Circular saw blades differ in diameter, the material they're made of, how many teeth they have and how big the teeth are. Different combinations make each blade ideal for a certain type of job. For example, some circular saw blades have diamond-tipped teeth so they can easily slice through hard materials such as ceramic and glass. Laminates are essentially layers of paper tightly pressed together and glued with a resin. To cut through laminate countertops, you can use a hand saw, but a circular saw makes the job much quicker.
Because a circular saw can produce jagged edges and chip the laminate, your best bet is to lay the laminate face-side down and cut from the back to the front. Mark off the line you want to cut using masking tape, and make sure to leave a bit of extra room for overhang, which you can later cut off. The best circular saw blade for cutting through laminate for a kitchen counter is one with many fine teeth -- at least 40. Blades with carbide tips tend to last longer than regular steel. In addition, you should choose a narrow blade, or one with thin kerf, as it's called in saw talk.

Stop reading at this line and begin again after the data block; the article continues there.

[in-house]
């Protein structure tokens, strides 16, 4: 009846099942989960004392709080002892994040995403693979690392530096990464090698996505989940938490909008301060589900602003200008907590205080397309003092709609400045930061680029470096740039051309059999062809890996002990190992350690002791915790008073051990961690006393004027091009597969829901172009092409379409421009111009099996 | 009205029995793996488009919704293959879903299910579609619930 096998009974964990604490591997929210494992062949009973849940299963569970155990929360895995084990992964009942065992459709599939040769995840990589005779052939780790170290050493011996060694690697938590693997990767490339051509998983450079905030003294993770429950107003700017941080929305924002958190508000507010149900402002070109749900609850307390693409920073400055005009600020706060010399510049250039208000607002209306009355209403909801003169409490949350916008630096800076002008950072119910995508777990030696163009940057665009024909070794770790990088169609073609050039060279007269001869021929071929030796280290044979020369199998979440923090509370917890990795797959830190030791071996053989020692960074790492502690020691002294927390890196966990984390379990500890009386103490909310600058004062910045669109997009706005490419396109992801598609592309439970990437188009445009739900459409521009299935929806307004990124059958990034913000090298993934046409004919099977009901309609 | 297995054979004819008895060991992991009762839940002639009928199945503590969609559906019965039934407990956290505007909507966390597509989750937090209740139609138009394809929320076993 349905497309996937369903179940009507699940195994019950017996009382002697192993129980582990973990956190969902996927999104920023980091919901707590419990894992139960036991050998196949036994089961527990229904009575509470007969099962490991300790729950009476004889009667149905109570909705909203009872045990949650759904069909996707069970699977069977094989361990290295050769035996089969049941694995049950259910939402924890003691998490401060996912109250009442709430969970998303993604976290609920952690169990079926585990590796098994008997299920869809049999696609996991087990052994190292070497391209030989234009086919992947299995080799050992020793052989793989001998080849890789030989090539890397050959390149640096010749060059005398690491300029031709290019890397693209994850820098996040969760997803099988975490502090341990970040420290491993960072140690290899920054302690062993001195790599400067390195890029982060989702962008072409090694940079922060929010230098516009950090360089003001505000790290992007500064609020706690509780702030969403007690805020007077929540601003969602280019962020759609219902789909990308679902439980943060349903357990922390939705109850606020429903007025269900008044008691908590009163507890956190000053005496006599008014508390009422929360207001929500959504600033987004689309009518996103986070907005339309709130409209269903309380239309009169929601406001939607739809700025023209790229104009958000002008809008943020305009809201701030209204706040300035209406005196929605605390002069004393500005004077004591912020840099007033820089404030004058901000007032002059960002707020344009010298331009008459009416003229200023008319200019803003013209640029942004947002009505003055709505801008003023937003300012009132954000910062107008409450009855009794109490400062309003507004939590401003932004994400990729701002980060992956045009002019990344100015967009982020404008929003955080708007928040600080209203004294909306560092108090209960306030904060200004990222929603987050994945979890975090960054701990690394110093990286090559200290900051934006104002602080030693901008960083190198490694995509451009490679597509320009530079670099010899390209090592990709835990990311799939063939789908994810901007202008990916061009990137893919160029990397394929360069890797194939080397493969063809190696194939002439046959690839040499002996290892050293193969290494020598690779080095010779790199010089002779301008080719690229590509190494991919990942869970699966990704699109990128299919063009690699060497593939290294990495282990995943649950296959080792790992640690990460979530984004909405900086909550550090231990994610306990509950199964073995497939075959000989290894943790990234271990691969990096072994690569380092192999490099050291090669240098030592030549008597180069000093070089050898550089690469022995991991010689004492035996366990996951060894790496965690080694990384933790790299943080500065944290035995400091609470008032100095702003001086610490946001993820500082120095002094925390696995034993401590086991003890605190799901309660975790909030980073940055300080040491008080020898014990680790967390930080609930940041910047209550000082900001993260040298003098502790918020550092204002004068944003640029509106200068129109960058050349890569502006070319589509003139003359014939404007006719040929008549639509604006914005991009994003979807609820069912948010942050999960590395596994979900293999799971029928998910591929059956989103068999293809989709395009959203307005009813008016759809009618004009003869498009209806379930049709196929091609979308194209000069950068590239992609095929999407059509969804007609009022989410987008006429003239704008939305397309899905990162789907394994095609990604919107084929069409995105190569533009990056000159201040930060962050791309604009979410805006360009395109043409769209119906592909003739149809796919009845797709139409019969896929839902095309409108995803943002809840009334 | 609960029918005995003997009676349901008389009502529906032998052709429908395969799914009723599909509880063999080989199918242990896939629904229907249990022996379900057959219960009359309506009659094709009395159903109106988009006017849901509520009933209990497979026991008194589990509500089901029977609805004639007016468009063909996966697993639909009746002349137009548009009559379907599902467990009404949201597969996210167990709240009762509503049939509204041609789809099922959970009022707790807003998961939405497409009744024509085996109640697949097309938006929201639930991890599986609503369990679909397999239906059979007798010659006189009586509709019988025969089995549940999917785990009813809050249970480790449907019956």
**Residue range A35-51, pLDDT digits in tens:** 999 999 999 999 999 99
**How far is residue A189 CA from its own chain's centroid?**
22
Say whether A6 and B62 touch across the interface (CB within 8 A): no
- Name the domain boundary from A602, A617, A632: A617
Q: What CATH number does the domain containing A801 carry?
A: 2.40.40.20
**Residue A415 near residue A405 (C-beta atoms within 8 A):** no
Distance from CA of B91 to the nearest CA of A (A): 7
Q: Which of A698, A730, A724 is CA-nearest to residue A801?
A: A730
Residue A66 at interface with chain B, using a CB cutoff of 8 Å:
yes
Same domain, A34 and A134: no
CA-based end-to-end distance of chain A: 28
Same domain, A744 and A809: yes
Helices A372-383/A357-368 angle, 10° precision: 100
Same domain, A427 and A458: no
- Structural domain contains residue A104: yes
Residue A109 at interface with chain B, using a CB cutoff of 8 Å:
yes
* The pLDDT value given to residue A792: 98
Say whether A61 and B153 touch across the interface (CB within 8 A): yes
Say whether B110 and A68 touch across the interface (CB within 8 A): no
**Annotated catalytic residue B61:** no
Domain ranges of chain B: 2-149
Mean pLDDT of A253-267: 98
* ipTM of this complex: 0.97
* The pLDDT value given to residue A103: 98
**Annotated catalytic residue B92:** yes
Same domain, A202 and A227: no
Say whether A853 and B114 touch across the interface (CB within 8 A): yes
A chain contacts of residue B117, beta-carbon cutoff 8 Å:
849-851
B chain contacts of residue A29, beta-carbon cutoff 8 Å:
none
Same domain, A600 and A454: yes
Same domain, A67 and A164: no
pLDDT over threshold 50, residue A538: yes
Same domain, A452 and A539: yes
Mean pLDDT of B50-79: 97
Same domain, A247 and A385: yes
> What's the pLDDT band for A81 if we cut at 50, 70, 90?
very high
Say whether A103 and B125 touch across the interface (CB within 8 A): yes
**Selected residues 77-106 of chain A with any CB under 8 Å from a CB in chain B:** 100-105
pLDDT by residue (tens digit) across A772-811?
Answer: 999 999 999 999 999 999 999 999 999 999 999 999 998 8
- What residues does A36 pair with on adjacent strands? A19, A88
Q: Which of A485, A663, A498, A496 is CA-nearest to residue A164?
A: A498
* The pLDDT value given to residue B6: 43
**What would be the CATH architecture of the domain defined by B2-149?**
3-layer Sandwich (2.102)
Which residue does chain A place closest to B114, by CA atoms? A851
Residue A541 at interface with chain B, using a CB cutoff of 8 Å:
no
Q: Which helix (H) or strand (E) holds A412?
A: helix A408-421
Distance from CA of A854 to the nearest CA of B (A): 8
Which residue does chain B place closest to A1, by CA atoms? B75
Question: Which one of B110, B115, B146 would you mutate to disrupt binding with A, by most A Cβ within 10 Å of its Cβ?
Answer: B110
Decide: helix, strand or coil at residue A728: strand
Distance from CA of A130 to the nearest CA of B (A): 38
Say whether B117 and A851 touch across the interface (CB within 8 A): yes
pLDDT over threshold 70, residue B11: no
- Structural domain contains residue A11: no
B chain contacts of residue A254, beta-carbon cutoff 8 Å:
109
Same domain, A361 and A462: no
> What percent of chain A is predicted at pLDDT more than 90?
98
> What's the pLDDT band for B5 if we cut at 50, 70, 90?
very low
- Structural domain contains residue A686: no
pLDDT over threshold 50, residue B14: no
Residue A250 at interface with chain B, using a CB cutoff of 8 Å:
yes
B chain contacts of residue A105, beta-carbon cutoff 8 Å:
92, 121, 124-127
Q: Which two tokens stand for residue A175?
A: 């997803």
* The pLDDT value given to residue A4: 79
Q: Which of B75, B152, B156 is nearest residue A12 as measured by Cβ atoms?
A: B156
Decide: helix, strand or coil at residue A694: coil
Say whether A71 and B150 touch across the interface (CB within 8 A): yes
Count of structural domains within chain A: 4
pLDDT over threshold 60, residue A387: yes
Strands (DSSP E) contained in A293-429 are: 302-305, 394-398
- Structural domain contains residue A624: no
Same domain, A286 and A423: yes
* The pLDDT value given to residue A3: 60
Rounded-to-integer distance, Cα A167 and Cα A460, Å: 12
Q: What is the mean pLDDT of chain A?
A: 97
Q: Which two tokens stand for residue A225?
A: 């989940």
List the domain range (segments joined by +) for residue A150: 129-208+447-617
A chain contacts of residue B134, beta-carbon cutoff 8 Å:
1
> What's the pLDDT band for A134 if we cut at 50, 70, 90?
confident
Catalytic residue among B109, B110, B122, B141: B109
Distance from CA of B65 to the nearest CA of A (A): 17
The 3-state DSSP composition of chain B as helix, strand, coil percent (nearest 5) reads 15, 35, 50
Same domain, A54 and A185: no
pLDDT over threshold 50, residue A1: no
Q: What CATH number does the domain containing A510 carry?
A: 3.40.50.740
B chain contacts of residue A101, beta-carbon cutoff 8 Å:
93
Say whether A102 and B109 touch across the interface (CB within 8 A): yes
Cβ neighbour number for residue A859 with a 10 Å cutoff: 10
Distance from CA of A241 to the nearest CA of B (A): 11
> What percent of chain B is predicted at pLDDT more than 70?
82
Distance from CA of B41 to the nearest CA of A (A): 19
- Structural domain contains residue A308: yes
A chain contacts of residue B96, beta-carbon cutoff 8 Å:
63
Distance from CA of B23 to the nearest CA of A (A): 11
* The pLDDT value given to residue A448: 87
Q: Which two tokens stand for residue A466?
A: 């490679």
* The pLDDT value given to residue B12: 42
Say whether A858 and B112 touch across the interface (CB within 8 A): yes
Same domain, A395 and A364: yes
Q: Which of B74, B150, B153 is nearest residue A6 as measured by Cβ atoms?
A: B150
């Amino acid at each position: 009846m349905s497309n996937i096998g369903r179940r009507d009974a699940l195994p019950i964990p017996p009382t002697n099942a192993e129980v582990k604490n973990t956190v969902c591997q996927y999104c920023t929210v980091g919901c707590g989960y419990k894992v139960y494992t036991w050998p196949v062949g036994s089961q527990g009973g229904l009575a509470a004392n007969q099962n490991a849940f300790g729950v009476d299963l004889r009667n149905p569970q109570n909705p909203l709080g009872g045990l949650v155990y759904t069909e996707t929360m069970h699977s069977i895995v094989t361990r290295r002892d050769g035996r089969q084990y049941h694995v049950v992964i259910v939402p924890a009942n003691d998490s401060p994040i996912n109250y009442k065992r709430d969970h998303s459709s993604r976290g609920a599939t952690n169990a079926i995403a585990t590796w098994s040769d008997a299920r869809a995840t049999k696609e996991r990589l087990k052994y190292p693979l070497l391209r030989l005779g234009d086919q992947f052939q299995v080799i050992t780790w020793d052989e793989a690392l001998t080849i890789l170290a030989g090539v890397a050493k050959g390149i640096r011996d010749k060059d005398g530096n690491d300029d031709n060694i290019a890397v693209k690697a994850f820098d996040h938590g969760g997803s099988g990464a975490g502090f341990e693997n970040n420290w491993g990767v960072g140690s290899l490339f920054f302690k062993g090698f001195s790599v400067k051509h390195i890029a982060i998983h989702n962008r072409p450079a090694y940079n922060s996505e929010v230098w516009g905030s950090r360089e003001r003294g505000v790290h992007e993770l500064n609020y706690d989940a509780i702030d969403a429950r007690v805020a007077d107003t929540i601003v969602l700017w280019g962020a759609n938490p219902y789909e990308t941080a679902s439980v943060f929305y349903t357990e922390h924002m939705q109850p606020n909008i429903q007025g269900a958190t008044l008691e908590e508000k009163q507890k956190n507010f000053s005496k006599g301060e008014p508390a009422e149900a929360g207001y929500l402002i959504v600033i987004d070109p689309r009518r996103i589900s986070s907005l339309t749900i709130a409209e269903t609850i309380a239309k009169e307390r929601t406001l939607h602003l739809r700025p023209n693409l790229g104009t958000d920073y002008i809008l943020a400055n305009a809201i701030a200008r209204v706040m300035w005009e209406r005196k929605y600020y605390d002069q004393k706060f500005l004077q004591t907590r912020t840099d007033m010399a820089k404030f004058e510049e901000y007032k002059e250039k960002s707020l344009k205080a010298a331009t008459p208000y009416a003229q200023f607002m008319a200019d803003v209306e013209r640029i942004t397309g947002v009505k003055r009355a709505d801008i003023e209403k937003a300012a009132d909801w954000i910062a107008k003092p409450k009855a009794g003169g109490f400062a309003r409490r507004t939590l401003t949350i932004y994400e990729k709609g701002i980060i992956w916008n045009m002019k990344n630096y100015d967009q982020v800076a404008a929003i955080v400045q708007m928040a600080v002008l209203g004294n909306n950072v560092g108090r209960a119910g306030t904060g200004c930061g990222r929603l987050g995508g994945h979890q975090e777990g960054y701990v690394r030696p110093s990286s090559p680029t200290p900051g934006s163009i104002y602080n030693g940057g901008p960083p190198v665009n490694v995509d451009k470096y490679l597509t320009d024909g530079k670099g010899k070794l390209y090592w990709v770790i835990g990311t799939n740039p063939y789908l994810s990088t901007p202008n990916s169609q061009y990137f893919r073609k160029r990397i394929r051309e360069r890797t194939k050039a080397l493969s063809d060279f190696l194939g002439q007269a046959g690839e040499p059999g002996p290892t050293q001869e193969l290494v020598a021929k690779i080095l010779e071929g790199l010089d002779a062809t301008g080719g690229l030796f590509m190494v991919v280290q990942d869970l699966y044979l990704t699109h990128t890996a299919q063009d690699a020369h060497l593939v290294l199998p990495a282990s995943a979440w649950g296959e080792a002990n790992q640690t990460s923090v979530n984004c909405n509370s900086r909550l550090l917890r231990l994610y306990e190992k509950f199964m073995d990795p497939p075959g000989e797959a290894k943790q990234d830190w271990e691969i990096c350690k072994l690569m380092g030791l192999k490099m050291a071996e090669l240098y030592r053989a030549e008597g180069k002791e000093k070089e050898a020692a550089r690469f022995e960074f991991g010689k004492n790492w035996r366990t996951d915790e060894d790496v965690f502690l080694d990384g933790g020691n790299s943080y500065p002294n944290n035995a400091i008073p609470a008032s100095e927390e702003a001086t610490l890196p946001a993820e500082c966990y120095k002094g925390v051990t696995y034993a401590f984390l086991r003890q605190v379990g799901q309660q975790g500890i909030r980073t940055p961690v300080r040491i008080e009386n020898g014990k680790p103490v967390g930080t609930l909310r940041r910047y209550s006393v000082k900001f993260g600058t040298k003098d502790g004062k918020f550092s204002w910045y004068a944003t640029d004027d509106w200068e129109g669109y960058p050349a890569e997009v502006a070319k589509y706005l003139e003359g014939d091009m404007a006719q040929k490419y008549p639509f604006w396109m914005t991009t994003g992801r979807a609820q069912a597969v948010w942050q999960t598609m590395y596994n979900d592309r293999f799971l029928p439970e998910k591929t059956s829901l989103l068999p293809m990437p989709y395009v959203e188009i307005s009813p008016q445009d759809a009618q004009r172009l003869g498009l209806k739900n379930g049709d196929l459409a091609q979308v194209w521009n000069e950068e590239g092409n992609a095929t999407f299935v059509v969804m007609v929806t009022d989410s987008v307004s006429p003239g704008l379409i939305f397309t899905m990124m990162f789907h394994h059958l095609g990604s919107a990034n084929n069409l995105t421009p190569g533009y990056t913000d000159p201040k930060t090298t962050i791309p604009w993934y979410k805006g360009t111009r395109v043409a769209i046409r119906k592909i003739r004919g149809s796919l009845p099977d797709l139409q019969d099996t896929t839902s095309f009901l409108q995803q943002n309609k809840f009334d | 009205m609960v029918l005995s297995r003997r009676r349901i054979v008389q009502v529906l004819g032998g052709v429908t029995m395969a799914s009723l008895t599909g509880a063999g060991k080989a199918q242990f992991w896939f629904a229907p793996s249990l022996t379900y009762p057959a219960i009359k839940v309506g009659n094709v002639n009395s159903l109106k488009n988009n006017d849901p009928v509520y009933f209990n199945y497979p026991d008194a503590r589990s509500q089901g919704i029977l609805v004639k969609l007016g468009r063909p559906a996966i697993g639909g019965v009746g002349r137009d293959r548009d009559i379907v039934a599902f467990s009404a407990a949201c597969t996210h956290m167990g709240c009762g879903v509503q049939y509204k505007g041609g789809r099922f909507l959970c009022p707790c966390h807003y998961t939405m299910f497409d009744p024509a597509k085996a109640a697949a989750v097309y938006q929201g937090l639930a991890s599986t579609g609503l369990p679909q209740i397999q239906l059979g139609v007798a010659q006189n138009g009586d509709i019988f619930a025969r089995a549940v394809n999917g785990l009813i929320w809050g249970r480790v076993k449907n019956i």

To protect the finish on the laminate, you may want to duct tape the saw's shoe so that it doesn't scratch up the surface as you move along with the saw. Of course, if you're cutting through the back to prevent tear off, you probably won't have a problem with the finish. In terms of safety, you need to keep an eye out for kickback potential. If your circular saw blade gets pinched in the laminate, it will pop out and fly quickly toward you. To minimize the risk of kickback, double check that the blade is clean and sharp before you begin cutting, and always wear safety glasses and other protective equipment.
Originally Published: Jul 25, 2011